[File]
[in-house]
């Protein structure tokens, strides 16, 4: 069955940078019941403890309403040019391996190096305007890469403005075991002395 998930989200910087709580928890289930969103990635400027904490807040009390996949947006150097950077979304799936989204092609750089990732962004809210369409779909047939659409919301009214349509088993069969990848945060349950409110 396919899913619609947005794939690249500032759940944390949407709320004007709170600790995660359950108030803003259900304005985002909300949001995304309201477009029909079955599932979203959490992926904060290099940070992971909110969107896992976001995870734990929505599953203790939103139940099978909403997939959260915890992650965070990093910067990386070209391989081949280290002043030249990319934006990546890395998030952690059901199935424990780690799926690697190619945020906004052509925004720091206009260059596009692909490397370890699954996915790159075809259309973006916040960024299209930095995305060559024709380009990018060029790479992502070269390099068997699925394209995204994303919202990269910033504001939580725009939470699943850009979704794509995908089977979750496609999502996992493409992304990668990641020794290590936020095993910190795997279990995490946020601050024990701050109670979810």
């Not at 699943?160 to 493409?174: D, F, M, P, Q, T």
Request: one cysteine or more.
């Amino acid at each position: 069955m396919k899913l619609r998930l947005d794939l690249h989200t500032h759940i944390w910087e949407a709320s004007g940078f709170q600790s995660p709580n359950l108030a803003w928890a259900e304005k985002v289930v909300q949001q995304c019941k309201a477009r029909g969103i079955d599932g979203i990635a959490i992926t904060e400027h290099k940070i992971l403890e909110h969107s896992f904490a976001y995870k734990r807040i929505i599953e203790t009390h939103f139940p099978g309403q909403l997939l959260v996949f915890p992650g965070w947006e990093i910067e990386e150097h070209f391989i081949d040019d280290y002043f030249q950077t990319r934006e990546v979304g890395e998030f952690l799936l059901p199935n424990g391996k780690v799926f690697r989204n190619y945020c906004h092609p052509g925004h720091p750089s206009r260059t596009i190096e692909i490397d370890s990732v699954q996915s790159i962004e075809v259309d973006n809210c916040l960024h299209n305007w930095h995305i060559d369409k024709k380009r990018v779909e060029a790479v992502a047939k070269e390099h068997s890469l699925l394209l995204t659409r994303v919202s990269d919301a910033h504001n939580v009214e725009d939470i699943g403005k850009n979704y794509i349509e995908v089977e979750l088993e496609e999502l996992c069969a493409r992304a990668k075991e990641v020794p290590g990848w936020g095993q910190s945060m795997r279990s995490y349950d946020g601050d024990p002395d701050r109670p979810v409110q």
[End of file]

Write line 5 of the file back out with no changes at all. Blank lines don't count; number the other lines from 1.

């Amino acid at each position: 069955m396919k899913l619609r998930l947005d794939l690249h989200t500032h759940i944390w910087e949407a709320s004007g940078f709170q600790s995660p709580n359950l108030a803003w928890a259900e304005k985002v289930v909300q949001q995304c019941k309201a477009r029909g969103i079955d599932g979203i990635a959490i992926t904060e400027h290099k940070i992971l403890e909110h969107s896992f904490a976001y995870k734990r807040i929505i599953e203790t009390h939103f139940p099978g309403q909403l997939l959260v996949f915890p992650g965070w947006e990093i910067e990386e150097h070209f391989i081949d040019d280290y002043f030249q950077t990319r934006e990546v979304g890395e998030f952690l799936l059901p199935n424990g391996k780690v799926f690697r989204n190619y945020c906004h092609p052509g925004h720091p750089s206009r260059t596009i190096e692909i490397d370890s990732v699954q996915s790159i962004e075809v259309d973006n809210c916040l960024h299209n305007w930095h995305i060559d369409k024709k380009r990018v779909e060029a790479v992502a047939k070269e390099h068997s890469l699925l394209l995204t659409r994303v919202s990269d919301a910033h504001n939580v009214e725009d939470i699943g403005k850009n979704y794509i349509e995908v089977e979750l088993e496609e999502l996992c069969a493409r992304a990668k075991e990641v020794p290590g990848w936020g095993q910190s945060m795997r279990s995490y349950d946020g601050d024990p002395d701050r109670p979810v409110q």